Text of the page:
“Hybrid work still has its challenges,” added Ms Agius Mamo.

Mr Vassallo Cesareo said that like a company, the Malta Chamber looked at resources rather than genders, and it looked beyond clocking hours in favour of value and production.

“Our work-life balance is gone”

The third panel, moderated by media strategist Ariadne Massa, brought together Opposition MPs Ivan Castillo and Justin Schembri together with government representatives Karen Demicoli from the Ministry for Economy and Melanie Casha Sammut from the Ministry of Education as well as economist and academic Prof. Marie Briguglio to discuss how social protection systems for women can be improved. Both government ministers and Opposition shadow ministers were invited to participate but only Opposition MPs were able to join us with the ministries sending their representatives.

Addressing Malta’s worrying low fertility rate, which is the lowest in Europe, Prof. Briguglio said that “our work-life balance is gone. We are hell-bent on pursing material wealth at the expense of our wellbeing.”

“We need to address the long working hours. We cannot be killing ourselves working,” she continued before appealing to policymakers to reach out to academics who have conducted the research and to base their policies on evidence.

“Listen to those who are struggling”

Gender equality cannot be achieved if violence against women remains a problem. Fidem service user Sabrina Borg, herself a survivor of domestic violence who recently graduated from university with Fidem’s assistance, urged all women to “be an anchor of support to others who are going through domestic violence.”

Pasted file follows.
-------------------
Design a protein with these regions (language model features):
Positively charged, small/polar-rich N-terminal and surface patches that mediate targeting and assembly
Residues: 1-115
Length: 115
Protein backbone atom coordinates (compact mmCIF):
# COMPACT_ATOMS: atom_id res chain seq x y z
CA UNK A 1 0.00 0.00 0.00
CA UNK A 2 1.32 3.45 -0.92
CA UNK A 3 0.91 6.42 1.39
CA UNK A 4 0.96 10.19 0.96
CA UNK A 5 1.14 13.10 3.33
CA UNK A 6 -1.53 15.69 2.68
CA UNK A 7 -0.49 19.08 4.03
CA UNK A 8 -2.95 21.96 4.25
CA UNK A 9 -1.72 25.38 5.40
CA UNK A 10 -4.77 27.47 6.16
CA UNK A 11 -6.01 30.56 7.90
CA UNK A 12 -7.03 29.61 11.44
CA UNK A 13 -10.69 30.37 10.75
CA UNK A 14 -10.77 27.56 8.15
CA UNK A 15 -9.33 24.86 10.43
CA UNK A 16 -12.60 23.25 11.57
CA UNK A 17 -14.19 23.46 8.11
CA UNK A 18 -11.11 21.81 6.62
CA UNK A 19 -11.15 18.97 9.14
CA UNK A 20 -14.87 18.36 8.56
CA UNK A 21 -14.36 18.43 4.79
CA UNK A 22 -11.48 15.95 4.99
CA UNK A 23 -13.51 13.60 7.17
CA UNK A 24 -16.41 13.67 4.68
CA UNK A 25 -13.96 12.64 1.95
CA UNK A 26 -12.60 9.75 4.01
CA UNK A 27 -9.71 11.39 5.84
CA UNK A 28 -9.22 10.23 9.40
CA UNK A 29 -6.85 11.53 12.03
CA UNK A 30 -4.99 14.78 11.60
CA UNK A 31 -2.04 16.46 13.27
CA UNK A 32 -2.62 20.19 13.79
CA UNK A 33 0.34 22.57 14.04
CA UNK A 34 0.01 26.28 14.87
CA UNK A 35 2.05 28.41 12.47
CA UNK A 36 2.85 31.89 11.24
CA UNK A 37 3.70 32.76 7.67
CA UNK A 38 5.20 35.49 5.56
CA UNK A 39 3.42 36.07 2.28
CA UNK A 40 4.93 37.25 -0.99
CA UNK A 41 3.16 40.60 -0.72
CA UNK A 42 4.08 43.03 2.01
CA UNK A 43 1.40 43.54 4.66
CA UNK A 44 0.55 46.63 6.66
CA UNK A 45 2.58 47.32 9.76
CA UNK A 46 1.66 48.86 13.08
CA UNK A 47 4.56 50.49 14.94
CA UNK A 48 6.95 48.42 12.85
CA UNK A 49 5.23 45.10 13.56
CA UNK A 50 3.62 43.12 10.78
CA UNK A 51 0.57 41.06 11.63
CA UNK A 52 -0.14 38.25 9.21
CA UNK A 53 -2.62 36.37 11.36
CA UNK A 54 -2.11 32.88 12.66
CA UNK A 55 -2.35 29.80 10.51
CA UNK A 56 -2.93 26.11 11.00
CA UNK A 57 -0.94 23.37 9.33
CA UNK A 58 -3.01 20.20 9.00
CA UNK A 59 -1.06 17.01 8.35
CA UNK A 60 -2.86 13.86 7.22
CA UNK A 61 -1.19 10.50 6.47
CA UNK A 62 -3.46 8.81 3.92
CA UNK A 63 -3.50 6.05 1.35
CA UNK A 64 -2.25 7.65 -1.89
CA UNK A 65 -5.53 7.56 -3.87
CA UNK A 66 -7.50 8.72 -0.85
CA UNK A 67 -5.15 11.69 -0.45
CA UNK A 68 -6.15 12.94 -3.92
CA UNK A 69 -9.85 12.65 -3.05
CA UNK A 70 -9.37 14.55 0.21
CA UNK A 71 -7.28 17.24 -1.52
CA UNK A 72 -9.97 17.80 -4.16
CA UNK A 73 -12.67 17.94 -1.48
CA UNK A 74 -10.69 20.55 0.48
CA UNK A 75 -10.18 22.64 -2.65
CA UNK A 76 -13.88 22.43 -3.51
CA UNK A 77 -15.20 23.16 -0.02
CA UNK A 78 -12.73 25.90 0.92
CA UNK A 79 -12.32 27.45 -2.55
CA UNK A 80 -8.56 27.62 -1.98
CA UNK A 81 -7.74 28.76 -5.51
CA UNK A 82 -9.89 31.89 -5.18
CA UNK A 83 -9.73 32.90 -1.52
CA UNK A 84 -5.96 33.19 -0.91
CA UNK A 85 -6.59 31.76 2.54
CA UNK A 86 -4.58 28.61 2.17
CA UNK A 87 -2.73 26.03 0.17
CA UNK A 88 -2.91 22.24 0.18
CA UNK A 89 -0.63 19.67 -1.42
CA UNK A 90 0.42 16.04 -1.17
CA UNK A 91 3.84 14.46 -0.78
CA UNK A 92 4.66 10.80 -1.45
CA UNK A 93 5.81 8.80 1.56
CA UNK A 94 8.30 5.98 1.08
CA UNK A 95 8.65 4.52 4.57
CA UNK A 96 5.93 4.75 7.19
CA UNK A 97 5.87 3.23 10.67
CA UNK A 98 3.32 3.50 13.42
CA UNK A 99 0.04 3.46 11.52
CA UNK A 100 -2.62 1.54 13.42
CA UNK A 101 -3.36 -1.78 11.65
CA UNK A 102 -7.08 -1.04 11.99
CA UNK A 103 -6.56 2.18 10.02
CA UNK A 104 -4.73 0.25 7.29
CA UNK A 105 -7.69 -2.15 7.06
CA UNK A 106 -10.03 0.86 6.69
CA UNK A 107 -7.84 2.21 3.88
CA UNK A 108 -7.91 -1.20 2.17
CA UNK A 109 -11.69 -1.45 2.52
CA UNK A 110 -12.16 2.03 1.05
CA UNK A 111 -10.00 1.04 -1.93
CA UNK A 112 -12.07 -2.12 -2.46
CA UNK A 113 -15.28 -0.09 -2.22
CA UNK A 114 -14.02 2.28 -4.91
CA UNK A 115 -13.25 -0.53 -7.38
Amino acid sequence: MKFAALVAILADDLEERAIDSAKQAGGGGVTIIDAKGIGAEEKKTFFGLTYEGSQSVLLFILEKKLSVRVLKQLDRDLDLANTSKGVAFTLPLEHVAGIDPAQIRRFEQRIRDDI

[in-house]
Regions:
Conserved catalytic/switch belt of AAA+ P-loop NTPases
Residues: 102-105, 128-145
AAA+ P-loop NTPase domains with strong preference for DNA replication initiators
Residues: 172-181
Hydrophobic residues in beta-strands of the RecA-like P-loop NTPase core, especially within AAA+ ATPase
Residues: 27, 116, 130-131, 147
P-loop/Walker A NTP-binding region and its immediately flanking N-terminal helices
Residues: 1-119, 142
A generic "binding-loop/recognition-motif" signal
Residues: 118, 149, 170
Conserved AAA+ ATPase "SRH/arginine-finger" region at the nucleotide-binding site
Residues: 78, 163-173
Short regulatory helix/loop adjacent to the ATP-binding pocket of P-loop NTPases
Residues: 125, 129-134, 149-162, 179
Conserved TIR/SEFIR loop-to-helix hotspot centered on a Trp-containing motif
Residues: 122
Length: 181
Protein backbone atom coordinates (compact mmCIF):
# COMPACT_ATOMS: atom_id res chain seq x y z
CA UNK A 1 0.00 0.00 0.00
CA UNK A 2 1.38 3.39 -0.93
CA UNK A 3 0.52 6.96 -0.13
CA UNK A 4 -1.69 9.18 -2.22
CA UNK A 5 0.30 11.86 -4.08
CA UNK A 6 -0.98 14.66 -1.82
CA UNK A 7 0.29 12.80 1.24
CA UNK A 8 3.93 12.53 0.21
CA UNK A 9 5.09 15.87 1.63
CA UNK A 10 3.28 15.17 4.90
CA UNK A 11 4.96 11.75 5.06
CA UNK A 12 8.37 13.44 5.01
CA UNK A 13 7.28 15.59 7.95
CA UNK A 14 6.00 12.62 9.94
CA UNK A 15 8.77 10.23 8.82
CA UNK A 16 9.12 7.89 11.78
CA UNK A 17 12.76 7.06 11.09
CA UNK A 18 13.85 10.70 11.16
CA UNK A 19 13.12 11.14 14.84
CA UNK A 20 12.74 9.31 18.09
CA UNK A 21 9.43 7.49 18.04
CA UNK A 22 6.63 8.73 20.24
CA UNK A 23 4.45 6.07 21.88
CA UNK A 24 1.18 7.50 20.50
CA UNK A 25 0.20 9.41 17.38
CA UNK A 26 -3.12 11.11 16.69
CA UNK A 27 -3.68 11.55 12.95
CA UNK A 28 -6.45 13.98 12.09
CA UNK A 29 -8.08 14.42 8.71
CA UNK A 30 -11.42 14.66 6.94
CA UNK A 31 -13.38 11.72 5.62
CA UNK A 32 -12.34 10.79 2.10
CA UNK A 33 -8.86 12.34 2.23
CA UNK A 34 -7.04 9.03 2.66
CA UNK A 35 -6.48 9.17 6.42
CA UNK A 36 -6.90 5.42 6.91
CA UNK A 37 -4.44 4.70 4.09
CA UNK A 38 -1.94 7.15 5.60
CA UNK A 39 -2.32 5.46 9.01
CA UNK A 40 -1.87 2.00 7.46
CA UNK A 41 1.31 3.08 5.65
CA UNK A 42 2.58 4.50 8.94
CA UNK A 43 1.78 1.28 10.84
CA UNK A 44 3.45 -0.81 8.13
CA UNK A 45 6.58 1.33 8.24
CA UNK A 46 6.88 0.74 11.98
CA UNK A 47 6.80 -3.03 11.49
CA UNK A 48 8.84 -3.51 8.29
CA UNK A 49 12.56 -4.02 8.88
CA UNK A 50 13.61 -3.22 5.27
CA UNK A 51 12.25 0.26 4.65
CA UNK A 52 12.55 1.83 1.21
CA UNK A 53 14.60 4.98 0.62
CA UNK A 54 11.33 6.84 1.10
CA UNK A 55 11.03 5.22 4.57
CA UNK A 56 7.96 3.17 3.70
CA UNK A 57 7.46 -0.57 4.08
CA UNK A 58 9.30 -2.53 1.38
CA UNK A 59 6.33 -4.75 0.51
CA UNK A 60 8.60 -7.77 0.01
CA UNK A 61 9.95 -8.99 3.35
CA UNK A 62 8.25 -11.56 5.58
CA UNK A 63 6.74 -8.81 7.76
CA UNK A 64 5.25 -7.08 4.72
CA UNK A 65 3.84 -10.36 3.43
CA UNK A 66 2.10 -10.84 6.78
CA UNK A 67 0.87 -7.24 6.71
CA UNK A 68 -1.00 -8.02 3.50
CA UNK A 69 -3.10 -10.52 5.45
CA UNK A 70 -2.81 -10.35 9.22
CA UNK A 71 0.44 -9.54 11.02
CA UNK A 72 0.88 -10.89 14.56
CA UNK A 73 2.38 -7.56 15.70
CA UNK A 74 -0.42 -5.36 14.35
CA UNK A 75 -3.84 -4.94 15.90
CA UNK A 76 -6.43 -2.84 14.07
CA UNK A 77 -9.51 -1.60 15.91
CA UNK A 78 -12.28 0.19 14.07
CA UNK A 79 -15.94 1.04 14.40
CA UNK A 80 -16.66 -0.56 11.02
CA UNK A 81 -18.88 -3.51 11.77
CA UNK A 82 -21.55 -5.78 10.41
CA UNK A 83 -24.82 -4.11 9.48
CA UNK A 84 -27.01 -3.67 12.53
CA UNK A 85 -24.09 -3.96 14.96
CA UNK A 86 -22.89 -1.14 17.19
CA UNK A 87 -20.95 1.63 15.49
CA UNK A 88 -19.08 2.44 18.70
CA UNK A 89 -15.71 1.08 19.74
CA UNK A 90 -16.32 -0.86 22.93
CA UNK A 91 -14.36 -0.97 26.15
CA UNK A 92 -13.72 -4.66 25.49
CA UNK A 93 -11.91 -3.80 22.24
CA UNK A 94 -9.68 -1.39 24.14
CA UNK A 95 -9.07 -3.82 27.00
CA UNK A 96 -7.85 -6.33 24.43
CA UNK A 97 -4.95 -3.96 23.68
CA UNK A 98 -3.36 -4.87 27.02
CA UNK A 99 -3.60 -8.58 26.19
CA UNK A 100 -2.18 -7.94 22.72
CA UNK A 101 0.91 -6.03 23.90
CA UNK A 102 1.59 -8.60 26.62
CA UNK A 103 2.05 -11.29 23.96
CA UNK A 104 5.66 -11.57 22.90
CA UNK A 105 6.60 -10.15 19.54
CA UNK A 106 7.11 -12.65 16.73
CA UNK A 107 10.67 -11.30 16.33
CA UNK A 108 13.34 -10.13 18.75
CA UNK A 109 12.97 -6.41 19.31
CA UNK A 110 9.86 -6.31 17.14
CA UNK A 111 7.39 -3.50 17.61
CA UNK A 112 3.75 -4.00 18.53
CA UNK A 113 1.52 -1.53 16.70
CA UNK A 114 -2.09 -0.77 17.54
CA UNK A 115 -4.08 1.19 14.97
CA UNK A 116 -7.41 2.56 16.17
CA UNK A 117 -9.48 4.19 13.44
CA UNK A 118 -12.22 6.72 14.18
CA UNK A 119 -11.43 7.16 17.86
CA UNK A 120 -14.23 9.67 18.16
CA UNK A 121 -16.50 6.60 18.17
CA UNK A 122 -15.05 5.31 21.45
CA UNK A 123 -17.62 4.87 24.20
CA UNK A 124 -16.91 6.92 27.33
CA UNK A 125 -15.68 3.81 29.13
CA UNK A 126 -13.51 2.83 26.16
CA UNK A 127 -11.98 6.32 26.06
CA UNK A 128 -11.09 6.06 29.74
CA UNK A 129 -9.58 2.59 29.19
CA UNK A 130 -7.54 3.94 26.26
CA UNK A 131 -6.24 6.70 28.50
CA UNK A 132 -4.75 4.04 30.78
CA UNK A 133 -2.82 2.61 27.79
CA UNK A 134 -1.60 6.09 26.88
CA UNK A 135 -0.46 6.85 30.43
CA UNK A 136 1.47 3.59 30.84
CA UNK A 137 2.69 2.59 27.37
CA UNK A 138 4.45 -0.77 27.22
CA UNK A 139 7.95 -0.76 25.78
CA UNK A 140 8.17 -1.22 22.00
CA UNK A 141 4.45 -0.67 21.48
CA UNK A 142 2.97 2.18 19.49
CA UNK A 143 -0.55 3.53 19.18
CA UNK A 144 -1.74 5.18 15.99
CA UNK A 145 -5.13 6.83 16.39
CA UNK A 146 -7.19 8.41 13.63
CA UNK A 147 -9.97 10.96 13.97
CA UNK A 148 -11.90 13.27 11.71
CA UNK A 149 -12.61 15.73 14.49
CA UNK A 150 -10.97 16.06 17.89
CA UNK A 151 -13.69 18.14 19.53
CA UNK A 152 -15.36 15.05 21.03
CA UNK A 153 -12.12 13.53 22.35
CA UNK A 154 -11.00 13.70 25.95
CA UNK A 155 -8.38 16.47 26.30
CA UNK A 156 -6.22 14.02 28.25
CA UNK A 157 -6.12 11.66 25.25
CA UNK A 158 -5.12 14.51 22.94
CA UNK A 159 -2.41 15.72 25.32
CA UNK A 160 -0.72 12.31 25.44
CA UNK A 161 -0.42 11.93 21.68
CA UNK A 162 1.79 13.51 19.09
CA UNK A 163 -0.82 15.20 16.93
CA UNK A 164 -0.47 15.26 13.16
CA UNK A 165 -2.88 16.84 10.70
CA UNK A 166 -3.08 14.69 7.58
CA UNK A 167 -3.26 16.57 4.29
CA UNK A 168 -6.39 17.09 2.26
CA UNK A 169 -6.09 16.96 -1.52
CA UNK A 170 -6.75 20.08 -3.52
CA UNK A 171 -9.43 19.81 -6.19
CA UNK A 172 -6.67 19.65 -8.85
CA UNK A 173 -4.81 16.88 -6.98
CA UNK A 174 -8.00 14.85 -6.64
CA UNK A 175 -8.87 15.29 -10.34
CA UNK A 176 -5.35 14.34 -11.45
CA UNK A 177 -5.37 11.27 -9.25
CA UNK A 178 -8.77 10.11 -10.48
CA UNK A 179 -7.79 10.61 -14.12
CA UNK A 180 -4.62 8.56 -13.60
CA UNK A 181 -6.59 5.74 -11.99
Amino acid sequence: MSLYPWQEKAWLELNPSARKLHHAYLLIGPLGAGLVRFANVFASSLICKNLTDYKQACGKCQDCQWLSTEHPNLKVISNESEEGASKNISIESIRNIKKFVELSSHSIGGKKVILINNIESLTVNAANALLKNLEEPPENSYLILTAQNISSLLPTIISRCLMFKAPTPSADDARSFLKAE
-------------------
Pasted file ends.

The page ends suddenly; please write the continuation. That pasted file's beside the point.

Fighting back tears during an interview with Times of Malta journalist Claudia Calleja, and with Fidem founder Sabine Agius Cabourdin sitting beside her, Sabrina said: “I would like to be seen as a person not as a problem. A lot of people say a lot of things but not many listen and it is important that we listen to people who are actually going through domestic violence.”

Gender quotas, yes or no?

The conference closed with a discussion about the need to encourage more leadership roles for women. The question about gender quotas received a mixed response ranging from “yes, but” to “it’s a necessary evil”.

Moderating the panel discussion, PR and media consultant Vanessa Macdonald pointed out that children invariably drew images of certain occupations according to their predisposed stereotypical gender biases. 

Panellists Kenneth Farrugia, CEO of Bank of Valletta, Sarah Curmi, Audit and Assurance business leader at Deloitte, APS Bank’s Head of Culture Rachael Blackburn and Prof. Marceline Naudi from the Faculty for Social Wellbeing at the University of Malta debated how these gender-biases can be overcome and, in some instances are already being challenged.

The banking sector seems to be one case in point. Mr Farrugia highlighted that 60% of Bank of Valletta’s staff are women with many holding places on board level or in the C-suite. He stressed the importance of the development of human capital that looked beyond gender. Ms Blackburn said 56% of APS Bank’s workforce were female with the majority holding leadership roles in middle management.

Ms Curmi disagreed with gender quotas saying that women should hold positions of power as a result of their capabilities and experience rather than gender-adjustment mechanisms.

Prof Naudi warned some women still suffer financial and economic abuse from their partners who would resort to all means to retain power and control over their victims, including stopping her from working.

Moving forward

The conversation about women’s empowerment must continue beyond that one-day conference. Fidem Foundation will be presenting the government with a report based on the conference proceedings together with a number of proposals. 

A special thank you

We would like to thank our sponsors and collaborators for supporting us so generously: APS Bank, Deloitte (Malta), Brown’s Pharmacy, Frank Salt Real Estate Ltd, Miller Distributors Ltd, Xara Lodge, Audience, Charles Grech Ltd, Growth Gurus, and Atlas Insurance Group. Special thanks to our conference co-organisers Working Town.